Most Michigan Car Accidents Are Not Accidents
Michigan Department of Transportation has revealed the states seven deadliest crash statistics and most of the causes of collisions are preventable.
They shared this life-saving message just ahead of the Labor Day Weekend, but the advice applies 365 days a year. "Driving requires your full attention. Put your phone down, wear your seat belt, watch for other road users, and always practice defensive driving."
Don’t become a statistic this holiday weekend. Driving requires your full attention. Put your phone down, wear your seat...
Posted by Michigan Department of Transportation on Friday, September 4, 2020
Nearly half of all crashes occurred with lane or road departure- often due to distracted driving. This further emphasizes the recent distinction between "accident" and "crash."
When we call something an "accident" it implies that no one is at fault and that no one, including the driver, bears responsibility for the outcome. The term "crash," on the other hand, is more specific in terms of the action's outcome without the unpreventable implication.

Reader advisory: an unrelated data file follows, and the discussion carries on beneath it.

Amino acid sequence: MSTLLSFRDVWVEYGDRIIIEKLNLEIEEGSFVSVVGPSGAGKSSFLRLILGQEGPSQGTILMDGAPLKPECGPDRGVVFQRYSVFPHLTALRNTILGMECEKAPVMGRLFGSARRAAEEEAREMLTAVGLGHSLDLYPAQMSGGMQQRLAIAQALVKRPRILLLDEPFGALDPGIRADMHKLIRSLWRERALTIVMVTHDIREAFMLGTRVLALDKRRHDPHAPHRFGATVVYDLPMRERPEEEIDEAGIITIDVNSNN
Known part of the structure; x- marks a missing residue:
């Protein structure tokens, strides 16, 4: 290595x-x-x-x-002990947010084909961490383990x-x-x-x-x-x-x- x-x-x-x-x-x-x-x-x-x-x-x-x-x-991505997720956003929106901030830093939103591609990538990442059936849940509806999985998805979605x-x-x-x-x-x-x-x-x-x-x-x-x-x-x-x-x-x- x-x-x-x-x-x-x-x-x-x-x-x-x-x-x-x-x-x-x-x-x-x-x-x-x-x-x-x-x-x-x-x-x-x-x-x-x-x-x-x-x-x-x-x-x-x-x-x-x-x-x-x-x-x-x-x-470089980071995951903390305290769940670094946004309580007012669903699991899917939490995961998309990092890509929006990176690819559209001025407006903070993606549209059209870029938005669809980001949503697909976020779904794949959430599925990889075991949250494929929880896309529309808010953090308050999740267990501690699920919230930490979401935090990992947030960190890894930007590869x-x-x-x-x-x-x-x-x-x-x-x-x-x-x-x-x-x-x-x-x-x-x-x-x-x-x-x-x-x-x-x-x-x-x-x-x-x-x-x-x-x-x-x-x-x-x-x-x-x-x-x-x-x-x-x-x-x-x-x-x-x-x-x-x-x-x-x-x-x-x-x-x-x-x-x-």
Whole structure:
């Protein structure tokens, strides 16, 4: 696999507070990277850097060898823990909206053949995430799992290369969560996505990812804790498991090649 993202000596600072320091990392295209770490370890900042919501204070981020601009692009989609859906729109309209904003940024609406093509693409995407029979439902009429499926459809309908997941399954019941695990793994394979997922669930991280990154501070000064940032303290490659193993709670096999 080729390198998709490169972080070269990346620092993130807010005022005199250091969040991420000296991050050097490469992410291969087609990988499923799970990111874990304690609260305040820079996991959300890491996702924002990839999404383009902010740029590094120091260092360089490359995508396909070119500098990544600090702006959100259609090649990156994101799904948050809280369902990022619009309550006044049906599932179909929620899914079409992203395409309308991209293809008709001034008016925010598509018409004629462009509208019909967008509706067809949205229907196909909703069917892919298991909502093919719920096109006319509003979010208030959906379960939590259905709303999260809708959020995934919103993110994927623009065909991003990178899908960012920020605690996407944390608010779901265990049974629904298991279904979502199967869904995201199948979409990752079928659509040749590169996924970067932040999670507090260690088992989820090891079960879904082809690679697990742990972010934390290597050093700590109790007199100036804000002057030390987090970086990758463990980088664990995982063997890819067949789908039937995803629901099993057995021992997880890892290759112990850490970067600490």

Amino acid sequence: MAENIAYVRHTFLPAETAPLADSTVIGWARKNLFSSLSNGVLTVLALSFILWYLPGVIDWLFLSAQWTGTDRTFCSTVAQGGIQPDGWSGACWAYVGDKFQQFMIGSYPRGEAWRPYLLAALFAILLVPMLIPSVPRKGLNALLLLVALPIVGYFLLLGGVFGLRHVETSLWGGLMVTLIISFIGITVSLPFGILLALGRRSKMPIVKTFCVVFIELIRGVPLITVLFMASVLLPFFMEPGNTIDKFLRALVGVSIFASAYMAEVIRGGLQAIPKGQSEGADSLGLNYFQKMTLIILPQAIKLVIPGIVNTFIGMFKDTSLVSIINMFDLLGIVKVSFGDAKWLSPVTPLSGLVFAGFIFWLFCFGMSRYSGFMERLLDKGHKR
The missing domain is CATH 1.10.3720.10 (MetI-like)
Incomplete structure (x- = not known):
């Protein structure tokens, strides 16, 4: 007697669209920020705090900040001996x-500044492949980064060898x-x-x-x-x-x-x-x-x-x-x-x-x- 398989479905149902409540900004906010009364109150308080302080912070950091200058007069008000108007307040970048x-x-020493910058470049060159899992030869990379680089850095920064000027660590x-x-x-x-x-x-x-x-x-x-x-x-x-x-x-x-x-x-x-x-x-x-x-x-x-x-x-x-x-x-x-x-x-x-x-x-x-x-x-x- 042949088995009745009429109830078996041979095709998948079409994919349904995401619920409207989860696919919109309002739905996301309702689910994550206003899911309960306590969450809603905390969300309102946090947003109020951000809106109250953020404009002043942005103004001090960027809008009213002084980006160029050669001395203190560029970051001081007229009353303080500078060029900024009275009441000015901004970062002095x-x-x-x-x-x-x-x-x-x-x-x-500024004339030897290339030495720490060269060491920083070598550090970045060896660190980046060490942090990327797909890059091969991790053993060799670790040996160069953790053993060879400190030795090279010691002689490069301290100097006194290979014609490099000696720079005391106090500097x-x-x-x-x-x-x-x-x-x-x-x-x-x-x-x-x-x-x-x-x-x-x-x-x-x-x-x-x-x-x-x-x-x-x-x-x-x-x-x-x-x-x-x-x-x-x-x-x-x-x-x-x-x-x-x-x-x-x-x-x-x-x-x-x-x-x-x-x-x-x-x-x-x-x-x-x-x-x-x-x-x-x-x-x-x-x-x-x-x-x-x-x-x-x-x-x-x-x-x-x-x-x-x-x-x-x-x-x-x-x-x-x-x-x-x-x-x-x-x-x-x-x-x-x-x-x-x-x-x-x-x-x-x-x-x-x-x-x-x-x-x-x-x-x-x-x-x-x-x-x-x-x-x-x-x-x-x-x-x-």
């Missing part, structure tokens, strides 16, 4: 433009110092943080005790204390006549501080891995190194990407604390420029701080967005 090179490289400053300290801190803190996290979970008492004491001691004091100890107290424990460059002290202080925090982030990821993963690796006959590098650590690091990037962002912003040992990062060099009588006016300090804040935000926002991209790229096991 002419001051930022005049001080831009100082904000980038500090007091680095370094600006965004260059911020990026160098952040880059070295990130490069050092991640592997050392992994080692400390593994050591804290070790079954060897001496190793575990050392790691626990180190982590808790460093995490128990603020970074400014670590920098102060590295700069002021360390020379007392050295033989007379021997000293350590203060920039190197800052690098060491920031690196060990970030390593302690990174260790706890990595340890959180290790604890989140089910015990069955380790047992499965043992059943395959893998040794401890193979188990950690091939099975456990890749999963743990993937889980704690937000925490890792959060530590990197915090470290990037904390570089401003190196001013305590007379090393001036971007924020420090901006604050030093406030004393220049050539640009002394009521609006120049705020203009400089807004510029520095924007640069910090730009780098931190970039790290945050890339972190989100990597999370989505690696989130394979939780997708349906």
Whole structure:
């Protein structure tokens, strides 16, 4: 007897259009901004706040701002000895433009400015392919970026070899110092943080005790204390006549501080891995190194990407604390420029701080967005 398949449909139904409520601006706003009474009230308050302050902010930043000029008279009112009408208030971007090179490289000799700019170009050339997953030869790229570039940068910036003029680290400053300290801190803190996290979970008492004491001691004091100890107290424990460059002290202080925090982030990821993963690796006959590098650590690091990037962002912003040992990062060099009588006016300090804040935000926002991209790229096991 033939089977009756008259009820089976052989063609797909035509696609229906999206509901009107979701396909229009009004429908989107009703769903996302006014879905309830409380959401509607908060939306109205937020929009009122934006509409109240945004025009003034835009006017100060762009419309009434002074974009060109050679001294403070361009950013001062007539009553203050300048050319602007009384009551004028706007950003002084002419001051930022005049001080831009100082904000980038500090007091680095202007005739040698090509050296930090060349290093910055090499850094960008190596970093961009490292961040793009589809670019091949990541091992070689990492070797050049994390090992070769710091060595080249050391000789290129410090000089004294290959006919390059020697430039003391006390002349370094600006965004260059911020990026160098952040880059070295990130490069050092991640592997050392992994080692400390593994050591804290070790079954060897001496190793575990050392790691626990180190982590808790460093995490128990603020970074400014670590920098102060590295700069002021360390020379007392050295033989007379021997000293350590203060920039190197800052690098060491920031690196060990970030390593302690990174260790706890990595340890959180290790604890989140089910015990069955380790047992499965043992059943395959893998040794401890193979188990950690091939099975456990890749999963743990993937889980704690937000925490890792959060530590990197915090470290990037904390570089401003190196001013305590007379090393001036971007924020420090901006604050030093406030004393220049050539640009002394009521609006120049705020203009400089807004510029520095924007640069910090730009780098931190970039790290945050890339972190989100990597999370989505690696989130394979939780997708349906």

"Responsibility," it seems, is unpopular, but drivers bear plenty of the brunt of blame for crashes. You can bet a good chunk of that 46% were looking at their phones while driving. Driving while impaired is certainly irresponsible, and it's hard to believe that in this day and age, it still accounts for 39% of fatal wrecks. Also, I cannot believe that 1 on 5 people are not wearing their seat belt. Who are these people?
While the actions of other drivers, cyclists, or pedestrians are unpredictable, it seems that these statistics could be lowered and lives saved if more people took the responsibility of driving seriously. Take a complete look at Michigan's seven deadliest crash stats and you'll find that most crashes are not accidents.
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